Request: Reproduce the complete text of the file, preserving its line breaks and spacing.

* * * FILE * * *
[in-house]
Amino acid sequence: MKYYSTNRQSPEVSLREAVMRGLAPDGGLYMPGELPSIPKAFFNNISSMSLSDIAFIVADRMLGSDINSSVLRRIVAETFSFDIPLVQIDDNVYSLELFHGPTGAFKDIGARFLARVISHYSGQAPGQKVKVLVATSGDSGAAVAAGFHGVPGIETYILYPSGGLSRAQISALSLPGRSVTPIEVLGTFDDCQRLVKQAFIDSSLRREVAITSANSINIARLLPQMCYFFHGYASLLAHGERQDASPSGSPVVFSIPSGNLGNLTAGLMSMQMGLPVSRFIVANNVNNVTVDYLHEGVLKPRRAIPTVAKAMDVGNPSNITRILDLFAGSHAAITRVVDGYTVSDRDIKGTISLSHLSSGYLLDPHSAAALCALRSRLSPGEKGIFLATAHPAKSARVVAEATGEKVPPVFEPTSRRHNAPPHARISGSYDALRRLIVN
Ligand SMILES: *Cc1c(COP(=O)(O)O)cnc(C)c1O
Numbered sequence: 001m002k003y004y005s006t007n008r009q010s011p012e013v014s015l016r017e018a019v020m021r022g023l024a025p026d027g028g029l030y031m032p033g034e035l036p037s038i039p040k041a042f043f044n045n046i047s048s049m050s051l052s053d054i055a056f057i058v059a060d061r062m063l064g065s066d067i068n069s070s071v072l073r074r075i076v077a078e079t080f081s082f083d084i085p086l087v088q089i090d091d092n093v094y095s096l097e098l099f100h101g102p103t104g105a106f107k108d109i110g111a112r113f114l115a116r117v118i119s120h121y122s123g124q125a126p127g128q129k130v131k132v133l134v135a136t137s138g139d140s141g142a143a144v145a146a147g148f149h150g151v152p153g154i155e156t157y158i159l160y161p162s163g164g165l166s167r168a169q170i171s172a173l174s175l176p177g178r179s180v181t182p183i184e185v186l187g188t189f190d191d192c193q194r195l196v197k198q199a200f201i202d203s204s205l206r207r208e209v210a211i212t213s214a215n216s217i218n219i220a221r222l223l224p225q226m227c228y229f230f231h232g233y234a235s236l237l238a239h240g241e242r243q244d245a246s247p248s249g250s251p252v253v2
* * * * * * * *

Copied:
[in-house]
Amino acid sequence: MKYYSTNRQSPEVSLREAVMRGLAPDGGLYMPGELPSIPKAFFNNISSMSLSDIAFIVADRMLGSDINSSVLRRIVAETFSFDIPLVQIDDNVYSLELFHGPTGAFKDIGARFLARVISHYSGQAPGQKVKVLVATSGDSGAAVAAGFHGVPGIETYILYPSGGLSRAQISALSLPGRSVTPIEVLGTFDDCQRLVKQAFIDSSLRREVAITSANSINIARLLPQMCYFFHGYASLLAHGERQDASPSGSPVVFSIPSGNLGNLTAGLMSMQMGLPVSRFIVANNVNNVTVDYLHEGVLKPRRAIPTVAKAMDVGNPSNITRILDLFAGSHAAITRVVDGYTVSDRDIKGTISLSHLSSGYLLDPHSAAALCALRSRLSPGEKGIFLATAHPAKSARVVAEATGEKVPPVFEPTSRRHNAPPHARISGSYDALRRLIVN
Ligand SMILES: *Cc1c(COP(=O)(O)O)cnc(C)c1O
Numbered sequence: 001m002k003y004y005s006t007n008r009q010s011p012e013v014s015l016r017e018a019v020m021r022g023l024a025p026d027g028g029l030y031m032p033g034e035l036p037s038i039p040k041a042f043f044n045n046i047s048s049m050s051l052s053d054i055a056f057i058v059a060d061r062m063l064g065s066d067i068n069s070s071v072l073r074r075i076v077a078e079t080f081s082f083d084i085p086l087v088q089i090d091d092n093v094y095s096l097e098l099f100h101g102p103t104g105a106f107k108d109i110g111a112r113f114l115a116r117v118i119s120h121y122s123g124q125a126p127g128q129k130v131k132v133l134v135a136t137s138g139d140s141g142a143a144v145a146a147g148f149h150g151v152p153g154i155e156t157y158i159l160y161p162s163g164g165l166s167r168a169q170i171s172a173l174s175l176p177g178r179s180v181t182p183i184e185v186l187g188t189f190d191d192c193q194r195l196v197k198q199a200f201i202d203s204s205l206r207r208e209v210a211i212t213s214a215n216s217i218n219i220a221r222l223l224p225q226m227c228y229f230f231h232g233y234a235s236l237l238a239h240g241e242r243q244d245a246s247p248s249g250s251p252v253v2